The 115-degree weather made it more suitable for the roof to be closed this year, but that didn't stop the group from the Boys & Girls Club of Metro Phoenix from learning about maintaining a healthy lifestyle on Wednesday afternoon.
"We talk about nutrition, hydration, just general body care," D-backs head athletic trainer Ken Crenshaw said. "And then obviously staying active, trying to get them to understand that we've got to be active as a community and we've got to be active, just moving around and getting the blood flowing."
Crenshaw helped run the event along with D-backs assistant athletic trainer Ryan DiPanfilo, Jeff Klinger of the Henry Schein Cares Foundation and Don Hooten of the Taylor Hooten Foundation.
The Promoting a Lifetime of Activity for Youth campaign was formed by the Professional Baseball Athletic Trainers Society in 2004. They have since conducted more than 150 events in all 30 Major League ballparks.
There were four stations on the field at Chase Field, designed to help kids learn the importance of a healthy lifestyle, including facts about nutrition, exercise and more. At two of the stations, they had the opportunity to compete in an active game.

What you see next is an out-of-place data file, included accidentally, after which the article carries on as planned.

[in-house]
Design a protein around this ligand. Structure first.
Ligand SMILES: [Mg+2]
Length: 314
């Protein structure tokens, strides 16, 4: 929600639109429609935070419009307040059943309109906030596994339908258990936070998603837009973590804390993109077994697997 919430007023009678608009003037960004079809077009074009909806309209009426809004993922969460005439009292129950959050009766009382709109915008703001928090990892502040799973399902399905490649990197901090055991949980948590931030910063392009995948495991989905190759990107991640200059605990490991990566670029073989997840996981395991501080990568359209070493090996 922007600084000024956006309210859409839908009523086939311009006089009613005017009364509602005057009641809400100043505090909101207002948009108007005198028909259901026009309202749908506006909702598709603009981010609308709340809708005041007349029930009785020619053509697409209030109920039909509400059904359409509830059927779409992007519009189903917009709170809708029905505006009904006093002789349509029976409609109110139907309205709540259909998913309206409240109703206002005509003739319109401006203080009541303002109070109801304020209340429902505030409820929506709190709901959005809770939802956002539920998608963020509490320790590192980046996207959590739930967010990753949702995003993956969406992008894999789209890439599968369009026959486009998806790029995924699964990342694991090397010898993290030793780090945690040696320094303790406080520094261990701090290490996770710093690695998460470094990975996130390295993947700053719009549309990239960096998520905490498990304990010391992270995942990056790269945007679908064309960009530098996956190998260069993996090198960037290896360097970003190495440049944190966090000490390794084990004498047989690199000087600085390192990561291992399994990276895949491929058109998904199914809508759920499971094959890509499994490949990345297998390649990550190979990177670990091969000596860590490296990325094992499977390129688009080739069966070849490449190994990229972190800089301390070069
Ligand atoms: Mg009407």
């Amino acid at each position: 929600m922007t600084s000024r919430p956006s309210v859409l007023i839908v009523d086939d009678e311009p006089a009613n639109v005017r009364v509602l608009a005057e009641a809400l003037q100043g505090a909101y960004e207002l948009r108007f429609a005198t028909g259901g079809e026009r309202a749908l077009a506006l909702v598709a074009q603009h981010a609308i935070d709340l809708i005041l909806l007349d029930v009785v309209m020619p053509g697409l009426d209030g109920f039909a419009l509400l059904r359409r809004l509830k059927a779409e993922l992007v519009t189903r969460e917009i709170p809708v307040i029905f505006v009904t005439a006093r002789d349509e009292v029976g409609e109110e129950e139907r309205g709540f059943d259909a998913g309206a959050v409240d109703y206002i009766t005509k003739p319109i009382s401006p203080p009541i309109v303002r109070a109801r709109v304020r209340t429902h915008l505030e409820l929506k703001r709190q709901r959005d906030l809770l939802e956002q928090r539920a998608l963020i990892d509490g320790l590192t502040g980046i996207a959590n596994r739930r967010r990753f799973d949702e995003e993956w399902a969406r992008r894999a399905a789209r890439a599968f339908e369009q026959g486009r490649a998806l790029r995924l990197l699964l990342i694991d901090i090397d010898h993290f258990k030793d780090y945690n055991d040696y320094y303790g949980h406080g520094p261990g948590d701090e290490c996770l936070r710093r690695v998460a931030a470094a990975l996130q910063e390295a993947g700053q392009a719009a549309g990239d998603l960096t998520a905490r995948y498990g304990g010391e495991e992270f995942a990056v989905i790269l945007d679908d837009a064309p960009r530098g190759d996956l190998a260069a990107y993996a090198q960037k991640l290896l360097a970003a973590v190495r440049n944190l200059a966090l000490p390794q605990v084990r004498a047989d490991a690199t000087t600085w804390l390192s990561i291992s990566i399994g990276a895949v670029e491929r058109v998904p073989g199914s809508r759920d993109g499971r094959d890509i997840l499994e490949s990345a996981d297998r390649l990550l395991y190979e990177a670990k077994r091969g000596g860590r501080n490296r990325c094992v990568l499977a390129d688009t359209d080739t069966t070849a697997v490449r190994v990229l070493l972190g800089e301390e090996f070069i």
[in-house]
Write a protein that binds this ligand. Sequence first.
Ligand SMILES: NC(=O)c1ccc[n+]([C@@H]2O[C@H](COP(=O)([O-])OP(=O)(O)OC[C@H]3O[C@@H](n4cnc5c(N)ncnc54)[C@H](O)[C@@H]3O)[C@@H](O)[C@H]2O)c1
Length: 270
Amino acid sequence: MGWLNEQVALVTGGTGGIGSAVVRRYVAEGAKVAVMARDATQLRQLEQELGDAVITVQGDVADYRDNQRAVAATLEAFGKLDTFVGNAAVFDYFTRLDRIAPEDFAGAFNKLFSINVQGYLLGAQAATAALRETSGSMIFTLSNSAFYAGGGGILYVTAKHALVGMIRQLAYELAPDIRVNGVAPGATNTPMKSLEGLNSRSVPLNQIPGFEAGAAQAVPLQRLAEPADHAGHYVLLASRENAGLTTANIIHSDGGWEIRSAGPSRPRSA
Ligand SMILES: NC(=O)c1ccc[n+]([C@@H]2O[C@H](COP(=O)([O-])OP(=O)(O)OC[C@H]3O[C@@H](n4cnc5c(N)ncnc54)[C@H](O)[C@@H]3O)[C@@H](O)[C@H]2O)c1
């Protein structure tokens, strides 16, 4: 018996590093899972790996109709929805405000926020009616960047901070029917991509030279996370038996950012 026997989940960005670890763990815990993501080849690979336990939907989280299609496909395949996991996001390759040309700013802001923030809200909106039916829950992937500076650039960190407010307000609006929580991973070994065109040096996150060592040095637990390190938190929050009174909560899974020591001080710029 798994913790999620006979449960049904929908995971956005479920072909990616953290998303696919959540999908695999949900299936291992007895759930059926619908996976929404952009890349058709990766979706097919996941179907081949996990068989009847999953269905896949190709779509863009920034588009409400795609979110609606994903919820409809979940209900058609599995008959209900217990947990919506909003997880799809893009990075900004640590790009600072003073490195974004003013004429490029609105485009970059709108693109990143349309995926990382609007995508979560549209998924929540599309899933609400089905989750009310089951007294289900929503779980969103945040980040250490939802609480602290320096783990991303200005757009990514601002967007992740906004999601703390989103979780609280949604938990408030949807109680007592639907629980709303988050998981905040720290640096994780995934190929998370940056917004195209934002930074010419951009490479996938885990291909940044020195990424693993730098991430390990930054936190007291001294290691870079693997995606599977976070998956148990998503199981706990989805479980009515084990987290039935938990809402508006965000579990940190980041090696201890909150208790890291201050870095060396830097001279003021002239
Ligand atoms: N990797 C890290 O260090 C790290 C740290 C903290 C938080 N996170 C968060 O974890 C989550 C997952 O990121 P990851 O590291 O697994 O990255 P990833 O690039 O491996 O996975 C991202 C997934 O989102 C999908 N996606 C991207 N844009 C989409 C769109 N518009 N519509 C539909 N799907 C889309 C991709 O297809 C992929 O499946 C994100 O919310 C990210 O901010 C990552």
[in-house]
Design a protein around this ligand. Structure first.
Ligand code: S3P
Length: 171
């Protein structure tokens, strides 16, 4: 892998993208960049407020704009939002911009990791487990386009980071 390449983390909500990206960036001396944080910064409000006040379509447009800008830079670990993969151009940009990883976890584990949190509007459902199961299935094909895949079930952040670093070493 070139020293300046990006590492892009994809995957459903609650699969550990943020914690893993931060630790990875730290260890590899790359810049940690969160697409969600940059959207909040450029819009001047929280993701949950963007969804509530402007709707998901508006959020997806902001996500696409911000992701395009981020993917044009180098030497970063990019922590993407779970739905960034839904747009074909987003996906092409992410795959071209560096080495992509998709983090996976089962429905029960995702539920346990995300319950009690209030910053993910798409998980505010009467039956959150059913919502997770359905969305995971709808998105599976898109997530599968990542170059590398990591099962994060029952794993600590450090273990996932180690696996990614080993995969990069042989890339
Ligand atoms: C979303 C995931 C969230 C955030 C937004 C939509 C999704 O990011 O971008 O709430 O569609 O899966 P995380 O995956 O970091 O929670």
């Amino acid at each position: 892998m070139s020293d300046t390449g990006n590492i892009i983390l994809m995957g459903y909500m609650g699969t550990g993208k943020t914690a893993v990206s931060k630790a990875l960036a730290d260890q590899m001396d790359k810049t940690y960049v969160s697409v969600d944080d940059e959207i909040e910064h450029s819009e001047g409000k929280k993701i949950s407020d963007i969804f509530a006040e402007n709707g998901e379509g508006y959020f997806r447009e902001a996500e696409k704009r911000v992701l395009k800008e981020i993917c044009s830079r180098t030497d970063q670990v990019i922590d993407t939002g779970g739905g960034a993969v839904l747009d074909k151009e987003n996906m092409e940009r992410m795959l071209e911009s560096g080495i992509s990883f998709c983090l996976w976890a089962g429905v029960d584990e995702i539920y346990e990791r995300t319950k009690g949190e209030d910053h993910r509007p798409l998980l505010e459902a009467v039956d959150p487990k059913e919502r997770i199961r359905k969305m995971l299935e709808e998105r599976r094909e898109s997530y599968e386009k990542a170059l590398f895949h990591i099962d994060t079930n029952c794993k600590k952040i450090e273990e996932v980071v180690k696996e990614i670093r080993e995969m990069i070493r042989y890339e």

Crenshaw supervised a game that involved a mini diamond set up with cones and a giant cube that had numbers on it. Whichever number the kids rolled, that's how many "bases" they had to run.
"It's great, it's one of the more unique things, I think, for kids to get a chance to come out to a Major League field and learn some life lessons for helping themselves stay healthy for a lifetime," Crenshaw said. "Hopefully they spread it to other kids and family and brothers and sisters."
After going through all four stations and listening to Hooten talk about the harmful effects of performance-enhancing drugs, the day ended with the kids getting a visit from D-backs pitcher Josh Collmenter.
Collmenter reinforced the concepts of a healthy lifestyle that the kids learned throughout the day before participating in a question-and-answer session.
Collmenter has participated in the event in the past, including last year's at Chase Field, and said he enjoys creating a positive atmosphere for the kids to learn about healthy habits.
"Just to give them some positive advice and back that with some things that you've done on your own," Collmenter said, "and maybe something hits home for them and they take it a little more seriously."